By: Michael Liedtke, AP Business Writer
(AP) The Examiner, once a prosperous newspaper under the power-hungry reign of magnate William Randolph Hearst, is setting out to end decades of decay after being bought by billionaire Phil Anschutz, another empire builder with an enormous appetite for success.
The 124-year-old San Francisco paper is unveiling a new look and expanded news coverage this week, marking the first significant changes since Anschutz completed a $20 million deal that included a printing plant and another paper published three days a week.
The makeover represents the latest attempt to save the Examiner, a free tabloid scrounging for readers like the panhandlers camped outside the paper’s forlorn offices pleading for money.
“The Examiner is dead,” said W. Dean Singleton, chief executive of Denver-based MediaNews Group Inc., whose holdings include a group of San Francisco Bay area papers. “The paper has very little news, very little advertising and very few readers. So, the question becomes: Can you create something from nothing?”
The paper’s destitution contrasts sharply with Anschutz’s $5.2 billion fortune, built largely on opportunistic investments in oil, railroads, telecommunications, movie theaters and sports.
Anschutz, 64, declined to discuss his plans for the Examiner. His reticence is nothing new. He hasn’t given an interview in 30 years.
Anschutz is prepared to spend some of his money rehabilitating the Examiner, said Robert Starzel, an attorney who will oversee the San Francisco paper while the billionaire remains at his Denver headquarters managing his other investments.
Anschutz’s portfolio includes major stakes in Union Pacific Railroad, Qwest Communications, Regal Entertainment and the Los Angeles Lakers.
“Phil is an entrepreneur. He likes to start with a small organization and build it up,” said Starzel, whose father once ran The Associated Press.
Starzel and the Examiner’s publisher, P. Scott McKibben, said the paper’s skeletal staff of 50 employees probably will be expanded as it tries to emulate the Chicago Sun-Times and the Boston Herald — metropolitan dailies that have managed to survive against much larger rivals.
Anschutz’s wealth has raised hopes the Examiner might be better equipped to compete against Northern California’s largest paper, the San Francisco Chronicle, helping to breed better journalism in the nation’s fifth-largest media market.
“I have no doubt that if (Anschutz) wants to spend his money, he could create a successful newspaper here,” said David Weir, a Stanford University journalism professor who once worked as an Examiner editorial writer. “The San Francisco Bay Area deserves more news resources.”
The Examiner’s change in ownership hasn’t alarmed its crosstown rival, said Chronicle Editor Phil Bronstein, the former editor at the Examiner.
“Having money may certainly help the paper, but running a good newspaper isn’t just about money,” Bronstein said. “If anything happens in the Bay Area that makes us take a second look at how we do things, we have the people and the structure to do that.”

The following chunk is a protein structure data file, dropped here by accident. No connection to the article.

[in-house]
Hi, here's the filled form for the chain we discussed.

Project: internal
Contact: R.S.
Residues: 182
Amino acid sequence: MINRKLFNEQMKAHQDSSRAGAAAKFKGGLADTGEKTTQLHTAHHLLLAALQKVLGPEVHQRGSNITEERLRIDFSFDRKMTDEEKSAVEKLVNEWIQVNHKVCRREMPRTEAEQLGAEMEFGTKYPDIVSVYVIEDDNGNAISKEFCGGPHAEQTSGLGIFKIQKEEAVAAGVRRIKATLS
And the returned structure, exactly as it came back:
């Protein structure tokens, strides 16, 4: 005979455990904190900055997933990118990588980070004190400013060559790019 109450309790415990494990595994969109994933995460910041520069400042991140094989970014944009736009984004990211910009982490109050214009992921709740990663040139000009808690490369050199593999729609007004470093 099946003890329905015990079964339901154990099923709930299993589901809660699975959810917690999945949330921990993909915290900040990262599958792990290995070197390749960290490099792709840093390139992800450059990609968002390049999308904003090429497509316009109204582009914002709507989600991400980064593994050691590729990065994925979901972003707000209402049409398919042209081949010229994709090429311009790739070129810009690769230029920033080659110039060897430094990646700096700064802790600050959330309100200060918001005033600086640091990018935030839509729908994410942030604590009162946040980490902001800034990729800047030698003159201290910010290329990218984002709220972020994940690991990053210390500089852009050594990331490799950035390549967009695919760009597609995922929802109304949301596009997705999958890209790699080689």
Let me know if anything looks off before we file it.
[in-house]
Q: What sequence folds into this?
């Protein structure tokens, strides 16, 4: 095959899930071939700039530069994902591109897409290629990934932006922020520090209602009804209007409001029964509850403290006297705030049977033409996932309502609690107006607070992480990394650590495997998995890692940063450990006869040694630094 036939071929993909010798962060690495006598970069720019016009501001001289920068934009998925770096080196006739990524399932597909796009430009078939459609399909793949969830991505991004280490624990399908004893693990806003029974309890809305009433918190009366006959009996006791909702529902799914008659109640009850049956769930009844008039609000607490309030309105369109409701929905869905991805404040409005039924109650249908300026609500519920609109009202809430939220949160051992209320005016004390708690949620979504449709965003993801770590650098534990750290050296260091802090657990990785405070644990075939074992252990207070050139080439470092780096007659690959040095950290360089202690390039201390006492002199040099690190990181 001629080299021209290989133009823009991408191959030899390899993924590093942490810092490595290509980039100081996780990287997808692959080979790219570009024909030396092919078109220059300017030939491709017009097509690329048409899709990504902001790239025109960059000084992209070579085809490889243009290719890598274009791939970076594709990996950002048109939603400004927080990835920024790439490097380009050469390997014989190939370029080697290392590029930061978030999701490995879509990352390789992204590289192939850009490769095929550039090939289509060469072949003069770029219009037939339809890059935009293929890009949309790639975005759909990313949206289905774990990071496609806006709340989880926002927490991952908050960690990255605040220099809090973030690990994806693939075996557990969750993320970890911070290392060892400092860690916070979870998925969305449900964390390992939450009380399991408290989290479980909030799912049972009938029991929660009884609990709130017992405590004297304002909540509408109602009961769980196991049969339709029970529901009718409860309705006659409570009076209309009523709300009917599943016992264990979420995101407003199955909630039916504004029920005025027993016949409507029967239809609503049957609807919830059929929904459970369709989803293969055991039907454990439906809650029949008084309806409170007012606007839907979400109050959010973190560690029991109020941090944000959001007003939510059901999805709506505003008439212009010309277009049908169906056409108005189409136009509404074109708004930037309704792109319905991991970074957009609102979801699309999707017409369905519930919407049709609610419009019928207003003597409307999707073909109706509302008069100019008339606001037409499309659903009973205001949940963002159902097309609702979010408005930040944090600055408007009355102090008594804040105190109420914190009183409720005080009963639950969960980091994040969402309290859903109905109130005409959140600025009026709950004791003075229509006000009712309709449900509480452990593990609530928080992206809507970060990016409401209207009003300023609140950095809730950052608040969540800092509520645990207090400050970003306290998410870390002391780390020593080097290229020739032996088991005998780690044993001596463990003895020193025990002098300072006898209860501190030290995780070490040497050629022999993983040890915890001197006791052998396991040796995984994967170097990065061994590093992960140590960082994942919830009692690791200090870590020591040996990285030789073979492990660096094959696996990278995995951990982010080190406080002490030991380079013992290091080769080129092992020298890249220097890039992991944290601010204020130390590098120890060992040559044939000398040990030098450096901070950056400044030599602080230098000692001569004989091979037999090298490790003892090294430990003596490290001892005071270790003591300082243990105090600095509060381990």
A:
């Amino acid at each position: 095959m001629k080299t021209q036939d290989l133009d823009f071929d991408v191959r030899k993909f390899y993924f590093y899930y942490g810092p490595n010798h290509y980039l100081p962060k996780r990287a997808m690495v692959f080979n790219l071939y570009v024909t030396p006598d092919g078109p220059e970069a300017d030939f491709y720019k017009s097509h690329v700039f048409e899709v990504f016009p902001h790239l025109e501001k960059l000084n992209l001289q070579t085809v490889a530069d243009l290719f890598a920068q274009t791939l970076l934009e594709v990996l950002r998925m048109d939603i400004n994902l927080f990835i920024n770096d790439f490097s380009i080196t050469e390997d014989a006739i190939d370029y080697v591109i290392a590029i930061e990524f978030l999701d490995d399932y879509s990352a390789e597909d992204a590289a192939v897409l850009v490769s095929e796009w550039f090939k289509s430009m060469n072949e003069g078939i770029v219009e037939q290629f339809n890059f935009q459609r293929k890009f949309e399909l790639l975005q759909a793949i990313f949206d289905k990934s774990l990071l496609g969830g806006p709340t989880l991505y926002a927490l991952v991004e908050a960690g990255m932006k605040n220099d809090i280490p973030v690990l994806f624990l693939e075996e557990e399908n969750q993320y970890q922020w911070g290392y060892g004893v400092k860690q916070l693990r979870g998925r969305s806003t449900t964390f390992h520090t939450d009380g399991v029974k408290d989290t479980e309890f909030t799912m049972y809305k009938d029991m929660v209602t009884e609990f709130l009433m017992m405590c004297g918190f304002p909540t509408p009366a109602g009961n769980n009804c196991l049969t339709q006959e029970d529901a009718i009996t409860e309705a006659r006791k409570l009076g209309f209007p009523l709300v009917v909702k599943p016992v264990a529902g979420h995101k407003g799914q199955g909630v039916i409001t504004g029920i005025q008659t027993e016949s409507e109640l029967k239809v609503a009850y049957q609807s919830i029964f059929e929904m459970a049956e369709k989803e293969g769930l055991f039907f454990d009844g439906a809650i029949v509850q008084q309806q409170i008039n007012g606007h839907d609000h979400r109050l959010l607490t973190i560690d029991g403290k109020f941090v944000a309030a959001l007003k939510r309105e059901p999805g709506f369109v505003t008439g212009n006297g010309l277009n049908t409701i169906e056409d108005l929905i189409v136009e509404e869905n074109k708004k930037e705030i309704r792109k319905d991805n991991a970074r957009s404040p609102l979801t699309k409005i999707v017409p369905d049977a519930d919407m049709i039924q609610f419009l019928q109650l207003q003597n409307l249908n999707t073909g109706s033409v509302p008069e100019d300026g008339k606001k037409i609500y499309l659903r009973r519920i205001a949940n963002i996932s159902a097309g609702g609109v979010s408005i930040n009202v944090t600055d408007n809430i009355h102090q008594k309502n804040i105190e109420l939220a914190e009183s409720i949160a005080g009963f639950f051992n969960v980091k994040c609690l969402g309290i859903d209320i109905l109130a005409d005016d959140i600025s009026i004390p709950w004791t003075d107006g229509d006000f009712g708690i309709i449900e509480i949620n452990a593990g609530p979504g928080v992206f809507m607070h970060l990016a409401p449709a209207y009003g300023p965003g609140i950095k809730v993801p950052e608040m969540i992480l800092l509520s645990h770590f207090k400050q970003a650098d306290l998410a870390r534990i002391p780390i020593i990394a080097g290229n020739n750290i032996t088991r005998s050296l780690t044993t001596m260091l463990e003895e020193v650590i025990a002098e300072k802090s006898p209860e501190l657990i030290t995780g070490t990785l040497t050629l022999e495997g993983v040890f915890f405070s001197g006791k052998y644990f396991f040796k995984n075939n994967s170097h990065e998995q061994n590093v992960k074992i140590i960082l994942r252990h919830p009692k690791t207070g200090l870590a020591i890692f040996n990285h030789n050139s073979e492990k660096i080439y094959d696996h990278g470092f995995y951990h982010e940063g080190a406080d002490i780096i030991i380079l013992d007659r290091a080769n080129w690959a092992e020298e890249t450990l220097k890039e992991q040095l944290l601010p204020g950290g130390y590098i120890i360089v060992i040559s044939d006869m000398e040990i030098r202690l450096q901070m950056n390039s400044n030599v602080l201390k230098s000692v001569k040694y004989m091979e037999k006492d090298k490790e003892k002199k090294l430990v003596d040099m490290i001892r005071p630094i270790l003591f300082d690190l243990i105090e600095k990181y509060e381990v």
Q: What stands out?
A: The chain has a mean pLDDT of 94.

The purchase of the Examiner also has raised doubts about how a newspaper neophyte like Anschutz can save a paper struggling as badly as the Examiner.
“People who are successful in one field are not necessarily qualified to be in another field,” said William Woo, a Stanford University journalism professor who spent 34 years as a reporter and editor at the St. Louis Post-Dispatch. “I don’t think much of people who use (journalism) as some sort of hobby.”
The Examiner still takes itself seriously enough to carry a masthead proclaiming the paper as the “Monarch of The Dailies.”
The boastful billing is a legacy of the paper’s glory days under the domineering Hearst, who used the Examiner as the foundation for a media empire that swayed public opinion through the first half of the 20th century.
More recently, the paper has been on life support, kept alive from 1965 through 2000 under a profit-sharing arrangement with the Chronicle. The joint agreement relegated the Examiner to afternoon delivery, a restraint that wiped out nearly 70% of its paid circulation during those 35 years.
The Examiner’s longtime owner, Hearst Corp., was ready to pull the plug in 2000 when it bought the Chronicle for $660 million. Instead, Hearst paid an additional $66.7 million to keep its old paper afloat under a small publishing company controlled by Florence Fang and her sons.
After the subsidy ran out, the Fangs decided to sell the Examiner, which now lists a free circulation of 76,000. The Fangs also sold The Independent, a free paper delivered to 360,000 homes three days a week, McKibben said.
“It’s a great opportunity,” McKibben said. “(Anschutz) understands it is going to take some work, patience and investment.”